Ultrasound To Control Blue-Green Algae In Water

Ultrasound To Control Blue-Green Algae In Water
Innovation

A new technique promises to offer a healthier solution to a common problem.

Naresh Kumar
  • 12 july 2010

Researchers at the University of Adelaide are studying the application of ultrasound to control toxic algal blooms in fresh water supplies. Blue-green algae can contaminate water and create environmental problems when it forms blooms in fresh water. The new ultrasound solution, which has already been tested successfully in labs, will use ultrasound at low amplitudes to immobilize the blue-green algae without releasing its toxins into the water. To implement this, the researchers are planning to mount ultrasound generators inside huge underwater columns that contain mixers to draw the water in for treatment.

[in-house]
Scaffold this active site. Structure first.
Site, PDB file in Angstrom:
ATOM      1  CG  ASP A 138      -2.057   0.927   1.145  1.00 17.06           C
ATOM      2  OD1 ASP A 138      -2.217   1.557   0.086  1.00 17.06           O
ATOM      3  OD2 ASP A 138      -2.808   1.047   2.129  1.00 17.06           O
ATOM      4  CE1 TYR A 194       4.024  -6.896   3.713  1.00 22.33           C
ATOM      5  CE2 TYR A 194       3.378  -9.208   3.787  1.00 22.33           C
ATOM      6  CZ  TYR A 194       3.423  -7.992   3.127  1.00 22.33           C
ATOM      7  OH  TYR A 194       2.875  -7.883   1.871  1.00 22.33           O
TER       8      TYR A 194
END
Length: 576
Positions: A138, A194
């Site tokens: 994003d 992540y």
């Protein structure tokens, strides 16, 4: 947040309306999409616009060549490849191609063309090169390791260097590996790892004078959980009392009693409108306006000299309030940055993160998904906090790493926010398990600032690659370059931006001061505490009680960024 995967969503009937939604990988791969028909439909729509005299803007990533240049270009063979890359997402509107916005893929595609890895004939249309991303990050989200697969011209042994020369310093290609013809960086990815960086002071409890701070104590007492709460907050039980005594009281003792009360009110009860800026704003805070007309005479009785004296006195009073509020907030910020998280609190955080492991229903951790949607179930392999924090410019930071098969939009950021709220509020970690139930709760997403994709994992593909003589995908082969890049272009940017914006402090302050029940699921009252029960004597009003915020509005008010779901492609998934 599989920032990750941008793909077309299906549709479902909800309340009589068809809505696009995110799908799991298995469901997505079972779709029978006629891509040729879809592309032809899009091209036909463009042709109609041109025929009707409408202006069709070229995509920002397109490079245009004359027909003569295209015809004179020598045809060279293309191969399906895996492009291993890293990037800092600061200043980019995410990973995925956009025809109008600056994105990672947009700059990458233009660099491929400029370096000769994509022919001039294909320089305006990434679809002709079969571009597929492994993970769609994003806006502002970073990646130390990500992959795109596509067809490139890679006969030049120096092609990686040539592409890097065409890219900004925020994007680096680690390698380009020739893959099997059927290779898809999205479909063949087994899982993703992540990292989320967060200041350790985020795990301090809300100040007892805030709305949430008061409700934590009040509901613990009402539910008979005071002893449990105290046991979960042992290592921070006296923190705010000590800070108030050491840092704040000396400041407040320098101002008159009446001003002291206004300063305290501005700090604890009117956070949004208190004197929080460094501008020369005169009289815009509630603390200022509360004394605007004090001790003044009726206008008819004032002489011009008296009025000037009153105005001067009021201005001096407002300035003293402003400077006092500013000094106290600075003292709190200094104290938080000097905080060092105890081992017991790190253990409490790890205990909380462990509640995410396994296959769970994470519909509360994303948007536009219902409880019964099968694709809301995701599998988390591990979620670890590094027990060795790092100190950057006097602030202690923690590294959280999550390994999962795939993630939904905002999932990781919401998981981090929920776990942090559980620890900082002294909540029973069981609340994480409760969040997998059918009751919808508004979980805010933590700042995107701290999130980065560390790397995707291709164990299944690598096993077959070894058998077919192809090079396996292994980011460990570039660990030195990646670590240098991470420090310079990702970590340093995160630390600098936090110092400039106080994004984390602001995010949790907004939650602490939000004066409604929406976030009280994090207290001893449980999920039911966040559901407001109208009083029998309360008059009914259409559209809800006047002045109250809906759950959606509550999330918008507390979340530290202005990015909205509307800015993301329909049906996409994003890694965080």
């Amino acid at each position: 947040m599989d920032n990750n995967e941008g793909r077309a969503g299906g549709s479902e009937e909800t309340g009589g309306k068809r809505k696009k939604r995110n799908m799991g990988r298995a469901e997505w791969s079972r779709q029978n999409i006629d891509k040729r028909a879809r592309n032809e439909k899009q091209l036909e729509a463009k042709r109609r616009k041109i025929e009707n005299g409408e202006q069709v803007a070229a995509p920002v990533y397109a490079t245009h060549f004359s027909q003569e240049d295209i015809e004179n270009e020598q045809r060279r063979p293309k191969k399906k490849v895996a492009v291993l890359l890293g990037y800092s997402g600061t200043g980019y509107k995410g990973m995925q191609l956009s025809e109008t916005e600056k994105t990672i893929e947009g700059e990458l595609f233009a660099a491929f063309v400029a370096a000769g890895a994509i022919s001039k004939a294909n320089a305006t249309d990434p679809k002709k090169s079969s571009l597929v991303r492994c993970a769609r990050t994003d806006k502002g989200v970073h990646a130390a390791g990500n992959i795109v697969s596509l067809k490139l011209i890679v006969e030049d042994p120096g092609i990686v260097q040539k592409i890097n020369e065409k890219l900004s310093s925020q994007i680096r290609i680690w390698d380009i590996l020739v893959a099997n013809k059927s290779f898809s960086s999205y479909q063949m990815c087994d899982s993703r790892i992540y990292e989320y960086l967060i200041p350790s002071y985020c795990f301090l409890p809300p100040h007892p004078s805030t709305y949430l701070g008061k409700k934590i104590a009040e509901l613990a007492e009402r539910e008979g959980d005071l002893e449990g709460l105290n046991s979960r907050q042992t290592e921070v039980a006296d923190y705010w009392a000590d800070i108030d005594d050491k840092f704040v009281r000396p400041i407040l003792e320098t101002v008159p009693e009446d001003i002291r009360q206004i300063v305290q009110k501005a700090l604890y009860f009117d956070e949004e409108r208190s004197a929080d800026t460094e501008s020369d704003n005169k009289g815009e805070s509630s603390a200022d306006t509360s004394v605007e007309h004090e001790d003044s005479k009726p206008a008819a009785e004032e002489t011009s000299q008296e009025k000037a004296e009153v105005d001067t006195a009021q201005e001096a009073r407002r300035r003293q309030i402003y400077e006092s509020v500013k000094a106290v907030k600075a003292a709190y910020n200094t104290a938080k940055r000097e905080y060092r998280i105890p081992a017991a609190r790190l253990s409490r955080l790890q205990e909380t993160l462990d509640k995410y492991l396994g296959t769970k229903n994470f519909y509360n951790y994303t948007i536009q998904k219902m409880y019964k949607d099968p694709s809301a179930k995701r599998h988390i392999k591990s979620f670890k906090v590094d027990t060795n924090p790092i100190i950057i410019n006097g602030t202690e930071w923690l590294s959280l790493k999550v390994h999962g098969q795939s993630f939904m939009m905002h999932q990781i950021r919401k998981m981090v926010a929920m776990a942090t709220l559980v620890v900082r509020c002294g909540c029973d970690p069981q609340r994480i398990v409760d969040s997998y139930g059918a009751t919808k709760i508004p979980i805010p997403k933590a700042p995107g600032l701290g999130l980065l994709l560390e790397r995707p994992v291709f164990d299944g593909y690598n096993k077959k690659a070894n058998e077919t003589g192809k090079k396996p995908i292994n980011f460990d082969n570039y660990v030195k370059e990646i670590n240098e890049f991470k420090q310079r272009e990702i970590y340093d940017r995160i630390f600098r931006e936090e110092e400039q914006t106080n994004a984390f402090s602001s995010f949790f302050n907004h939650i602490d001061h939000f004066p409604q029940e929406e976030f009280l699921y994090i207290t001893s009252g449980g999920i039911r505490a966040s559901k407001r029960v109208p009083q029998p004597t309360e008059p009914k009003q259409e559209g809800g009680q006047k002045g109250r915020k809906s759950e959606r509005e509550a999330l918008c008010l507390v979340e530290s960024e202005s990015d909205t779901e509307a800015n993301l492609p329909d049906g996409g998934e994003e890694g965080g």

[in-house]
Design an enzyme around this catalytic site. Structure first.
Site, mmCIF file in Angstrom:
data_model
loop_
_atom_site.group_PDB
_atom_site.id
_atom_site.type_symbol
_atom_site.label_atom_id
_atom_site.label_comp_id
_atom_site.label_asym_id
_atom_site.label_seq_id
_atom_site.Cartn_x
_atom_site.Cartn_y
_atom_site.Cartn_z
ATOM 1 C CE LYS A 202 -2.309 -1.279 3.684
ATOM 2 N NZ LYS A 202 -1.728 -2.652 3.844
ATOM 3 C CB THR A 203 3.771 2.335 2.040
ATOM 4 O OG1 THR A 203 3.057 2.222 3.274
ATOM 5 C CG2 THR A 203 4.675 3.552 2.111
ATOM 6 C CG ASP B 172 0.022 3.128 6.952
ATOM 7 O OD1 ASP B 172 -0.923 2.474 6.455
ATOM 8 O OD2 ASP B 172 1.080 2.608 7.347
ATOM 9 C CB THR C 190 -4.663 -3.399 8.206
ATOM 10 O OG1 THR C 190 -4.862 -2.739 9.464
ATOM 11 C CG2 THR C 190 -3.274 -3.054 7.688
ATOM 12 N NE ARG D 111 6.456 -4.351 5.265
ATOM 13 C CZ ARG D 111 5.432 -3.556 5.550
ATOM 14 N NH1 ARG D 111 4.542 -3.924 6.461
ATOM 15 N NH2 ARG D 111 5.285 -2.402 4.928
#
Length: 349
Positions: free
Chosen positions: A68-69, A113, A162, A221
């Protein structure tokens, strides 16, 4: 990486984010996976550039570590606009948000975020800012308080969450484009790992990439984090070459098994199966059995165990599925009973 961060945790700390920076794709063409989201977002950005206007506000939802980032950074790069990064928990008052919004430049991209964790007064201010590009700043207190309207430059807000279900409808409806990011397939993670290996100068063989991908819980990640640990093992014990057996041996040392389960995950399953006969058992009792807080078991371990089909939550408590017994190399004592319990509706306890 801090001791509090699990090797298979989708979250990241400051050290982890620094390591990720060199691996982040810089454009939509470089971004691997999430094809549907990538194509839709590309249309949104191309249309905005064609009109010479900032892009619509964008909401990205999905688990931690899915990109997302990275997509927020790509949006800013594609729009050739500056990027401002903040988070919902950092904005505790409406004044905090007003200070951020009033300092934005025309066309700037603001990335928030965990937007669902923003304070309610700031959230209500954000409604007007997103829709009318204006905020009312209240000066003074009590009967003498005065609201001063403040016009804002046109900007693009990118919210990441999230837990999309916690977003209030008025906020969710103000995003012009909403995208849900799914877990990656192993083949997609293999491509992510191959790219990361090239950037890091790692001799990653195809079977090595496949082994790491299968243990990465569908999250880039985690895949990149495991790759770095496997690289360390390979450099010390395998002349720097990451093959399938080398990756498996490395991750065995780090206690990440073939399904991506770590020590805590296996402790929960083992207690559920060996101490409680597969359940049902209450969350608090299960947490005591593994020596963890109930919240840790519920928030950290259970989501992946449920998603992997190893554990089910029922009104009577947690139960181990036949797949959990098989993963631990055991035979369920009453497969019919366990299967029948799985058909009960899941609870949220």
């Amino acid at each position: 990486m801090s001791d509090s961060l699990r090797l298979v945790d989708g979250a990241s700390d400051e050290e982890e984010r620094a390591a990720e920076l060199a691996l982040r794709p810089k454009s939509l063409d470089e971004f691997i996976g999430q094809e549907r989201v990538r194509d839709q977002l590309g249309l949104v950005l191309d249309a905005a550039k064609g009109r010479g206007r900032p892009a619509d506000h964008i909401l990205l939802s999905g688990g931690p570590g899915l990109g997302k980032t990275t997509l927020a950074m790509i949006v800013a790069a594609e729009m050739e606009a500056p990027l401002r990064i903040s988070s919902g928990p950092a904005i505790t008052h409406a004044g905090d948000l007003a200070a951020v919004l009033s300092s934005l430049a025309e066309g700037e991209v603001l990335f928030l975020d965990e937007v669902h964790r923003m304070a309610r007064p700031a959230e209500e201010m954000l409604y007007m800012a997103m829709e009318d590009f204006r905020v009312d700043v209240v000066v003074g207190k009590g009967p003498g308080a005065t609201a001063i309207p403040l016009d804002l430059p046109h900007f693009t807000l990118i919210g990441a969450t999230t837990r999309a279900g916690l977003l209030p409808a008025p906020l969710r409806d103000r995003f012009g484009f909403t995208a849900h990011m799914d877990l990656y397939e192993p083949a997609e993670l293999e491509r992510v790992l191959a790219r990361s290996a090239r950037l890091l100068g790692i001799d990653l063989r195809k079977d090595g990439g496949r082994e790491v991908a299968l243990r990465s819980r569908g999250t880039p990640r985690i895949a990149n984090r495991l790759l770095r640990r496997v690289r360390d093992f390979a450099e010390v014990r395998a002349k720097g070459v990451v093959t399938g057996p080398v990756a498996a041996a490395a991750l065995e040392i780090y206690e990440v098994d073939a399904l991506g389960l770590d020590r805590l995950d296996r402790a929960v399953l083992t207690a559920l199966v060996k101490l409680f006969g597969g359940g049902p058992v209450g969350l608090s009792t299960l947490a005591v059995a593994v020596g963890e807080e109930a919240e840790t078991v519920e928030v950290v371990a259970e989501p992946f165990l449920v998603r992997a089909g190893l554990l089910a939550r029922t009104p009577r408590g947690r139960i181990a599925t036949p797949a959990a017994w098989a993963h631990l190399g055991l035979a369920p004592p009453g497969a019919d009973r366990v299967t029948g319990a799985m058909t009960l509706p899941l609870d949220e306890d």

Access this article for free
Fill in your email below and you'll gain access to this article while also receiving a number of membership features as part of a special 30-day trial.
*Already a member? Log in here

Learn About Our Membership Services

Need Research Help?
As a member you can ask us any research questions and get complimentary research assistance with a 4-day turnaround. Reports inclde stats, quotes, and best-inclass examples on research topics.
Remain Informed & Strategic
We publish several trends reports each month. By becoming a member you will have access to over 100 existing reports, plus a growing catalog of deep topical analysis and debrief-style reports so you always remain in the know.
See Trends Come To Life
Meet your peers and immerse yourself in monthly trend and innovation webinars and discounted conferences.
No search results found.